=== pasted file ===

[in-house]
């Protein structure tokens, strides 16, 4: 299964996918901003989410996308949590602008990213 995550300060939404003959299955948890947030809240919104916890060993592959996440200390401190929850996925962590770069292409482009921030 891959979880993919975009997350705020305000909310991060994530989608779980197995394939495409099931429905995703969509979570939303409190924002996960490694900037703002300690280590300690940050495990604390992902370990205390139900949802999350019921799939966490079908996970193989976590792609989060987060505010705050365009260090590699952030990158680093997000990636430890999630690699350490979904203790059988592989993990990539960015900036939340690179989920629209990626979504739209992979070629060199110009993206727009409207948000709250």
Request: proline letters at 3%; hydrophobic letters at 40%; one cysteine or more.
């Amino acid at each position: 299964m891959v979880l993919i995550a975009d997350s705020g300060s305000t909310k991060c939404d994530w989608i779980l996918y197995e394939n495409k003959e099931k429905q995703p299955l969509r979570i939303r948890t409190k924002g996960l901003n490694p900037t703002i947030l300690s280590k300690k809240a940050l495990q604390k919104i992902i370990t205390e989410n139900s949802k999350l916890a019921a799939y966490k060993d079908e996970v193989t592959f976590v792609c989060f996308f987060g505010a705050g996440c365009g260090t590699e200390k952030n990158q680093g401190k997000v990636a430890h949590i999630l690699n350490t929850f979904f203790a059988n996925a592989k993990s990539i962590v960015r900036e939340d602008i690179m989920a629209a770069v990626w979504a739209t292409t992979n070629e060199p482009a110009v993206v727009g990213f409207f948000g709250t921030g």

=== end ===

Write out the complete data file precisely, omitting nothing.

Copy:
[in-house]
């Protein structure tokens, strides 16, 4: 299964996918901003989410996308949590602008990213 995550300060939404003959299955948890947030809240919104916890060993592959996440200390401190929850996925962590770069292409482009921030 891959979880993919975009997350705020305000909310991060994530989608779980197995394939495409099931429905995703969509979570939303409190924002996960490694900037703002300690280590300690940050495990604390992902370990205390139900949802999350019921799939966490079908996970193989976590792609989060987060505010705050365009260090590699952030990158680093997000990636430890999630690699350490979904203790059988592989993990990539960015900036939340690179989920629209990626979504739209992979070629060199110009993206727009409207948000709250």
Request: proline letters at 3%; hydrophobic letters at 40%; one cysteine or more.
């Amino acid at each position: 299964m891959v979880l993919i995550a975009d997350s705020g300060s305000t909310k991060c939404d994530w989608i779980l996918y197995e394939n495409k003959e099931k429905q995703p299955l969509r979570i939303r948890t409190k924002g996960l901003n490694p900037t703002i947030l300690s280590k300690k809240a940050l495990q604390k919104i992902i370990t205390e989410n139900s949802k999350l916890a019921a799939y966490k060993d079908e996970v193989t592959f976590v792609c989060f996308f987060g505010a705050g996440c365009g260090t590699e200390k952030n990158q680093g401190k997000v990636a430890h949590i999630l690699n350490t929850f979904f203790a059988n996925a592989k993990s990539i962590v960015r900036e939340d602008i690179m989920a629209a770069v990626w979504a739209t292409t992979n070629e060199p482009a110009v993206v727009g990213f409207f948000g709250t921030g």